Letter from Commander Jessel



Letter from Commander Jessel


Letter of thanks to families for food parcels etc, plus detailed description of Laghuoat prisoner of war camp and surrounding area. Mentions they were allowed out twice week to walk in the desert and obtaining a few items through a local agent. Discusses provision of lavatories, shortage of water and problems getting clothing parcels. Most likely written by Commander Jessel RN.
Additional information about this item was kindly provided by the donor.




Two page typewritten document


This content is available under a CC BY-NC 4.0 International license (Creative Commons Attribution-NonCommercial 4.0). It has been published ‘as is’ and may contain inaccuracies or culturally inappropriate references that do not necessarily reflect the official policy or position of the University of Lincoln or the International Bomber Command Centre. For more information, visit https://creativecommons.org/licenses/by-nc/4.0/ and https://ibccdigitalarchive.lincoln.ac.uk/omeka/legal.





Letter of thanks to families for food parcels etc, plus detailed description of Laguoat POW camp and surrounding area. Most likely written by Commander Jessel RN

[page break]

For all the parcels and consignments of food, tobacco, clothing, books, medical stores, games and everything else you have sent us we are very very grateful. We also highly appreciate the valuable service you give us in maintaining contact with our next of kin and re-assuring anxious relations.

Several officers and men, however, have expressed surprise that their relatives have a completely erroneous idea of the conditions of our life here or of the privileges of an internee, and so I propose to give you a short description of the camp for use of your information bureau.

It consists of a four acre brabed wire enclosure in the interior of a military barracks surrounded by a high wall. The barracks is part of a small squalid Arab village built on a an oasis two square miles large, surrounded by hundreds of miles of Sahara desert. We are allowed out of our enclosure twice a week for a two hour walk in the desert; we are heavily guarded on these occasions. We live in barrack rooms specially designed for hot weather, but which are very cold in the winter. They are unheated and have stone floors. It is 2,000 feet above sea level, and at mid-winter the temperature is frequently below freezing point,and there are bitter winds.

There are one or two poor quality shops in the town, and once a month shopping is done through an agent. He is only able to get us a few articles such as stationary (nibs, ink drawing pins) combs, cigarette holders,etc,. Not only Langouat but all Algeria is devoid of all material. One cannot buy china or glass, clothing or footwear. We have been unable to get a dish cloth and clean our dishes with sand or cut off the tails of a shirt. Reels of cotton, nails screws, etc, are unobtainable. The officers can buy a little wine and the men a few minerals. The food is the same as the French Army get. It is poor but sufficient in summer. That is what makes your food parcels so very popular.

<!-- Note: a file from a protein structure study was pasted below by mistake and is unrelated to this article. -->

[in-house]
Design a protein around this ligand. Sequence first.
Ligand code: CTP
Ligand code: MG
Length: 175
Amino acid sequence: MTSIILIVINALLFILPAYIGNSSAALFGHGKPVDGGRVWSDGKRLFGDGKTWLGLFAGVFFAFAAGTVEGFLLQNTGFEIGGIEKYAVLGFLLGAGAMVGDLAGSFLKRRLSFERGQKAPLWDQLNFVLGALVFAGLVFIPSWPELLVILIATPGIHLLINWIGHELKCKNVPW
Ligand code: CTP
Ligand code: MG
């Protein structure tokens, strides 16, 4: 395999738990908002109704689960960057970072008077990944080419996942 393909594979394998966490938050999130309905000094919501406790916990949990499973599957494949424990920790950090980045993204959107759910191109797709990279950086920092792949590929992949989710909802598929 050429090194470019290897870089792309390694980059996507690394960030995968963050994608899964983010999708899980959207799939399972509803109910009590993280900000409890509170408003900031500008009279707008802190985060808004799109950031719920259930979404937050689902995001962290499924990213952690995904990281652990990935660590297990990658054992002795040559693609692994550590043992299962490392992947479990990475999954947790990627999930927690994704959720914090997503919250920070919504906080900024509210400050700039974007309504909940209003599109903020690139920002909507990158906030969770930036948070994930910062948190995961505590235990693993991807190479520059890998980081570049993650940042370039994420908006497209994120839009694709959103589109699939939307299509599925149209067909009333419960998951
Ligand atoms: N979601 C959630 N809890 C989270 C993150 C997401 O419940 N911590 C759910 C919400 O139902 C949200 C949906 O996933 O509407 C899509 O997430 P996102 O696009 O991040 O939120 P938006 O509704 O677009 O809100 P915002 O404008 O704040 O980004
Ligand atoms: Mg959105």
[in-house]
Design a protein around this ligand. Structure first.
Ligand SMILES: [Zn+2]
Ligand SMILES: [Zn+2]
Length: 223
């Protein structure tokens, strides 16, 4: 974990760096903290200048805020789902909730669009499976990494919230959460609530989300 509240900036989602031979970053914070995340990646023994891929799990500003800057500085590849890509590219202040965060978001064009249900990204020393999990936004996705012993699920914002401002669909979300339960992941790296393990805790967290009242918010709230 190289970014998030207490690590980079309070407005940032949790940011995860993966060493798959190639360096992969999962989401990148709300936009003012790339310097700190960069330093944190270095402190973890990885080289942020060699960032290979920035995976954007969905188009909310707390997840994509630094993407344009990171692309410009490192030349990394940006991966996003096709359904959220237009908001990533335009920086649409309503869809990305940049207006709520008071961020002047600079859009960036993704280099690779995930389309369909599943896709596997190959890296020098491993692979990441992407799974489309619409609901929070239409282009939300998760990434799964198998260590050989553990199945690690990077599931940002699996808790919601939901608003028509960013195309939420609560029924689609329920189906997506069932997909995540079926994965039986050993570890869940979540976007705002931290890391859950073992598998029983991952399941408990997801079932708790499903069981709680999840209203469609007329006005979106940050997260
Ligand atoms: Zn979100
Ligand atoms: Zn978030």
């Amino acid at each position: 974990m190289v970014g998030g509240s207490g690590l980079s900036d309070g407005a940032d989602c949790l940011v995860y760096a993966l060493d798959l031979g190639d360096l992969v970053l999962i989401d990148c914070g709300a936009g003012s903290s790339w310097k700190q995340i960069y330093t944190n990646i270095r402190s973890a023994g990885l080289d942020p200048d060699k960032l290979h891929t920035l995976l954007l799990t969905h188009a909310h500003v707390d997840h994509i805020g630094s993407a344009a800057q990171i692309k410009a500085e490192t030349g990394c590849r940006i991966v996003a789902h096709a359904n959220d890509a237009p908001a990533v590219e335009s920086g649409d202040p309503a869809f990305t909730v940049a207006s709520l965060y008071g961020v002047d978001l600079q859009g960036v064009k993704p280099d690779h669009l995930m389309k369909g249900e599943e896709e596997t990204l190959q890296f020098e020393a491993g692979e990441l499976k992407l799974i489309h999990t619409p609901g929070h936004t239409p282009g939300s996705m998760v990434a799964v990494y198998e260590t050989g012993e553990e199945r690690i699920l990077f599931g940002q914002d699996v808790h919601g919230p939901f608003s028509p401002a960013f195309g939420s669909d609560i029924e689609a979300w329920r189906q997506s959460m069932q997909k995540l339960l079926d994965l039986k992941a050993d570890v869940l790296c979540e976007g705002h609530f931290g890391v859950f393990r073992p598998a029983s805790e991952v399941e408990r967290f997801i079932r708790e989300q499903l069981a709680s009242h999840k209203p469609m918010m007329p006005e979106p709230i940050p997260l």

With reference to your telegram dated 11th June, sufficient extra lavatories have now been put up and they are water flushed, or rather they are designed for water flushing; but the acute shortage of water in the oasis means that they get flushed only once a day, and are therefore not very sanitary. Dental and medical arrangements are good, except that the shortage of nearly [inserted] all [/inserted] forms of medical stores hamper efficiency.

I hope this gives a fair idea of the state of affairs. It would seem that people believe we are receiving similar treatment to the British internees in Holland, last war, but of course, this is definitely not the case. The following is an extract from a letter one of our officers received from his wife. “I have been seeing about your clothing parcel. I should have sent one three months ago but there has been a muddle about coupons. If you were in Germany or Italy, I should get 40 coupons once in three months in advance to get things for you. As you are an internee and are supposes [sic] to have privileges, I get none and have to deposit my own and then get them back when I take the garments……I cannot get “Service” issue of wool for you, as you are not a “prisoner”. Inbfact [sic], you are supposed

[page break]

2 continued..

by our Government to get privileges.”

Perhaps you could represent the matter in the right quarter.

Hope you will not mind this mild protest of mine.

Yours sincerely,

Commander, R.N.
Commanding Officer,
British Internees, Laghouat.

[inserted] G. Hudson. [/inserted]
[inserted] J. D. Hudson. [/inserted]
[inserted] J. D. Hudson. [/inserted]



Jessel, “Letter from Commander Jessel,” IBCC Digital Archive, accessed July 13, 2024, https://ibccdigitalarchive.lincoln.ac.uk/omeka/collections/document/23847.

Item Relations

This item has no relations.